Upon recommendation of a librarian friend, I just completed two of Ms. Ibbotson’s books: The Abominables (Read with my daughters), and The Ogre of Oglefort. Ms. Ibbotson just passed last year, and reading her touching, heartfelt tales of accessible whimsy I am glad to have finally discovered her, and sad for her artistic loss. However, she was prolific in her career. An author of well over 30 books, she was a proponent of adventures, insisting children get them in their blood early. I aspire to her innocence of story, filled with other-worldly but accessible and emotionally real characters. Her imagination and heart alone, not to mention her broad story base, are alone worth reading her works to children.
Jonathan Auxier is an author gaining notoriety as an instant master with his two novels: Peter Nimble and his Fantastic Eyes (his debut), and The Night Gardener. Both very different, both very fantastical, the latter spooky and the former sweet and outlandish. Read them, read them. That’s all I’m going to say.
D. M. Cornish is an Australian author whom I simply cannot believe isn’t more know for his incredibly and deeply developed, far-reaching and completely engaging Monster Blood Tattoo trilogy: Foundling, Lamplighter, and Factotum. These novels weave a near-completely unique world smacking of steam punk and the Napoleonic era, where monsters and humans live a competitive existence, each infringing on each other’s lands. Young ones are recruited into service as lamplighters who light the far-stretching roads, protecting travelers from wandering beasts. Add in Jedi-esque lone warrior women composed of strange transplanted organs kept fit though draughts of strange brews and Cornish creates an entirely delightful, detailed, epic story that should be on everyone’s tongue far before the names of many cookie-cutter YA fantasy authors. Again, these books probably start at a 13 year-old audience, and carry well into entertaining adults…43 year-old adults, even.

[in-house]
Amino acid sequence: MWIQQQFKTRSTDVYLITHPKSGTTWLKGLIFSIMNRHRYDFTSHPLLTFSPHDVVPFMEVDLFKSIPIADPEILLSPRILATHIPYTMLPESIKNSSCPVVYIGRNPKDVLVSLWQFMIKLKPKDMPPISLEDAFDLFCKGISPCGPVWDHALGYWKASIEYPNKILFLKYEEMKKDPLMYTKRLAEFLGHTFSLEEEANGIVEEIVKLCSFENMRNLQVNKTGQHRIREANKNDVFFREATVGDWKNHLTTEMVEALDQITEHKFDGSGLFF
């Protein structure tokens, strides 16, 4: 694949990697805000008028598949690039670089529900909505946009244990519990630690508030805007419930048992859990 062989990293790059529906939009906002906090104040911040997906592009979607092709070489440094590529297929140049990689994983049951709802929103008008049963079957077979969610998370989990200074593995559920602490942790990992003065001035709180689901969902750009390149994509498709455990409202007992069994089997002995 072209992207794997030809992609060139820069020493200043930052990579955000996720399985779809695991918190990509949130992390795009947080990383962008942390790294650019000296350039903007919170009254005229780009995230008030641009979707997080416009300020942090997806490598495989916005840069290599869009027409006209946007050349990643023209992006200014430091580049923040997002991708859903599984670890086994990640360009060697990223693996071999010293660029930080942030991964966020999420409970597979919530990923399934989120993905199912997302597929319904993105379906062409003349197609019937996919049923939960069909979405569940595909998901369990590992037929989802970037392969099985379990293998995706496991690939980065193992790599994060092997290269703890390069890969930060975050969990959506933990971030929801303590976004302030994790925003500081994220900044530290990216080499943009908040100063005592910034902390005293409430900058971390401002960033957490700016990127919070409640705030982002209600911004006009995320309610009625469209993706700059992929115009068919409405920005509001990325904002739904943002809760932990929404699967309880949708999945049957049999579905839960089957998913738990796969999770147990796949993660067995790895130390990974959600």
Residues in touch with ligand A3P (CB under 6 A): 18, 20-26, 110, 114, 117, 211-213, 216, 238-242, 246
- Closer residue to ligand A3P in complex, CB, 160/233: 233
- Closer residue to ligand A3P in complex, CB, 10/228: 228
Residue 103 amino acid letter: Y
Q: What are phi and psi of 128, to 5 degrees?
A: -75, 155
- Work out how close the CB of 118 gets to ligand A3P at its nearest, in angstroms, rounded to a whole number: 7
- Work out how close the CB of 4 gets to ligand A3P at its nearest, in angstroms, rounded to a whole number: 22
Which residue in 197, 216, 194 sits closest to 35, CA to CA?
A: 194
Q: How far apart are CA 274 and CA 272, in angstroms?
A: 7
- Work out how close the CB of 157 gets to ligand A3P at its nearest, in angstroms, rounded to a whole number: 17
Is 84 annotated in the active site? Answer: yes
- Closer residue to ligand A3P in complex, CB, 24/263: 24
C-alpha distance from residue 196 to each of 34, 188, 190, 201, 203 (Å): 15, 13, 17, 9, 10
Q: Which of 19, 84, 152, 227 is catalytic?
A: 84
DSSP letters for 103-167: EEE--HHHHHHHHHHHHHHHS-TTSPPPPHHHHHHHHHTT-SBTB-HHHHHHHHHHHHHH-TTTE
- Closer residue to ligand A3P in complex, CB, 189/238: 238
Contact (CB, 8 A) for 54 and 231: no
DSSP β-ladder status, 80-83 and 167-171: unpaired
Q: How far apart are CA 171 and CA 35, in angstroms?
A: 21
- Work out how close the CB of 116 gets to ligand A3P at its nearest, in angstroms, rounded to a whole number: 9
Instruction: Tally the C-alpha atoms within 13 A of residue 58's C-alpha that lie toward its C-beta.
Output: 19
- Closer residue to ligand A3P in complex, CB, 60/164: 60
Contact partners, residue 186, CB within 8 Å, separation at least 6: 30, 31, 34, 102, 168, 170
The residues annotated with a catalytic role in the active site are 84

I’m undergoing an invasion. Bludgeoning, relentless. Midnight, midday. At work and at home. A massacre of every moment. It’s like one of those giant automatons from the movies, crashing through the landscape. People running, screaming bloody murder, stumbling over kittens and lobsters, or whatever the heck happens to be in the street, as they scramble over each other, every soul for themselves, clawing in a mad dash to escape the giant foot that, come on, let’s be fo’ real, is going to smash the putty out of every dag nabbed person in the city. Smashed out. Putty. Nasty. I digress.
KIDS. Kids have taken me over: my three girls, my students, my readers (which as of yet – let’s be honest and fo’ real – there aren’t yet many). So, I’ve embraced it. Kids are my life. Literally. (And figuratively.)
If you like kids, or are one, read this blog and you’ll possibly stumble upon stuff about:
Fun things to create
Pancreases that eat themselves (you probably know it as type 1 diabetes)
The latest in girls’ hair accessories. (Fo’ real.)
The occasional samurai sword and/or ninja stuff
The way you have to live your life. NOW. GO. I mean it. I know the answers. (I have no idea as to the answers. Have fun? Try hard? Eat food?)
Haribo Gummis (If you’re eating other gummis your wasting your time. Actually, you’re wasting everybody’s time. So stop.)
The Loch Ness Monster
When and when not to toot
Rumpelstiltskin (And how it emotionally scarred me. Forever. And ever.)
Cool things we all need to buy. With other people’s monies.
New York City (where everyone should live for at least a little bit)
We’re testing tees and graphics we like. Once we hit the winning combo, they’ll be for sale on my rsinclairmills.com site.
This pic shows Percy, the narrator of the original Manchewla puppet play…for adults…when it wasn’t a middle-grade novel and a character smoking would not have raised an eye. Come to think of it, Percy may not be for sale. Ahem. Don’t smoke.